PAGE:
I think you can just go to your general practitioner. That is who evaluated my daughter for Marfan's.

It is impossible for a GP to do anything more than do an initial evaluation and referral.

The only way you can get evaluated for Marfans is to visit a few specialists to see if you meet the diagnostic criteria.

The specialists you need to see include:

1. Opthamologist for a slit-lamp test for lens dislocation. This is done in a normal eye exam but you have to make sure they do it. Mention Marfans and the doctor will likely be famiiliar with it as it relates to eye issues.

2. Cardiologist to do an echo to see if you have any enlargement of the aortic root or any other valve issues. You may need to repeat this test as you may not show an enlarged aorta on one visit but may develop it in a few years for the next. You can never stop the echos (if you are at risk) because there is no maximum age at which aortic enlargemnent no longer can occur in association with Marfans although many people if they develop it will develop it in their 40s.

3. Orthopedic surgeon which you already have visited. You might want to ask specifically about Marfans and mention you had a spontaneous pneumothorax. He may order an MRI or some other imaging modality to see if you have any problem with your dura. That is also in the diagnostic criteria.

4. Medical geneticist who will do an extensive number of body measurements and other diagnostic tests in addition to analyzing your extended family history for signs of Marfans. You say you are hypermobile. That is one of the tests/criteria. About 25% of Marfans cases are spontaneous mutations so it doesn't matter if you have nobody else in your family with it.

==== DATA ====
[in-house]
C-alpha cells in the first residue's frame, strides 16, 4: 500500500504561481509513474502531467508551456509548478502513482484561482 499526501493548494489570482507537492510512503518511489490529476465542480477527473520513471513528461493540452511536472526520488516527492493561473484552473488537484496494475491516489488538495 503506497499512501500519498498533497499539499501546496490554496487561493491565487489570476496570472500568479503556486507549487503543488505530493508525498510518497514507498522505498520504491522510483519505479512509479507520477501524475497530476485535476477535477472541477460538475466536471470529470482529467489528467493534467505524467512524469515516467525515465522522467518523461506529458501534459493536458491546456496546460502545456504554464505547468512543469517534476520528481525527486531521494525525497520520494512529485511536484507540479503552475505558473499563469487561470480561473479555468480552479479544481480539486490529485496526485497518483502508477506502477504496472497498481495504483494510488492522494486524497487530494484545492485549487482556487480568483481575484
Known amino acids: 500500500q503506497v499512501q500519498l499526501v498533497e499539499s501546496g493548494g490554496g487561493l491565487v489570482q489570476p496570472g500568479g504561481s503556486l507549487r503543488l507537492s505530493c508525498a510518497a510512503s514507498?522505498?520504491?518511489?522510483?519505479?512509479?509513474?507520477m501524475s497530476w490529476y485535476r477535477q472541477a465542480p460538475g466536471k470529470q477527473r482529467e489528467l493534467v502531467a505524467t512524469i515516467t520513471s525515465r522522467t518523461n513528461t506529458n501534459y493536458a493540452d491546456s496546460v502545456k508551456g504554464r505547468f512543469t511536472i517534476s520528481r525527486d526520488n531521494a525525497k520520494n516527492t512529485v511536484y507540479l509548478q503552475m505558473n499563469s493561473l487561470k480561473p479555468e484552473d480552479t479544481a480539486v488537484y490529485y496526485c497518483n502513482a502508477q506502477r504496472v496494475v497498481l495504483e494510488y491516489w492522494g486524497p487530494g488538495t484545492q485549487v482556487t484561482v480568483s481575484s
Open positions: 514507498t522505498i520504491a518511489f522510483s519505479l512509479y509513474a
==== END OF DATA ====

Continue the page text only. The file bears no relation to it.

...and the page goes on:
I don't think you can rule out Marfans with anything less than visits (continued in some cases over your life) with all these specialists. Note that they may not agree on risk if you don't meet the criteria now. In my daughters' cases, the pediatrician and the orthopedic surgeon don't think they have Marfans but the pediatric cardiologist and the medical geneticist think they have enough indicators to warrant continued cardiac echos for the rest of their life.

You may meet the criteria now in which case you definitely need repeated echos. Catching the aortic dissection issue early is what has raised the average lifespan of Marfans patients from about half a normal life span to something close to that for the general population. It's the key thing. Early death due to Marfans aortic dissection is entirely avoidable.

Davis
07-06-2010, 04:00 PM
I had a few surgeries when I was younger for bone cysts and wasn't allowed to play any of the sports in school or do anything physical like that because my DR at the time said that my bones were too "soft". It seemed like everytime I fell I would go to the ER and get x-rays and they would either find a fracture or a bone cyst. It sucked. Luckely, later on, he said I grew out of it and I was released to do anything I liked.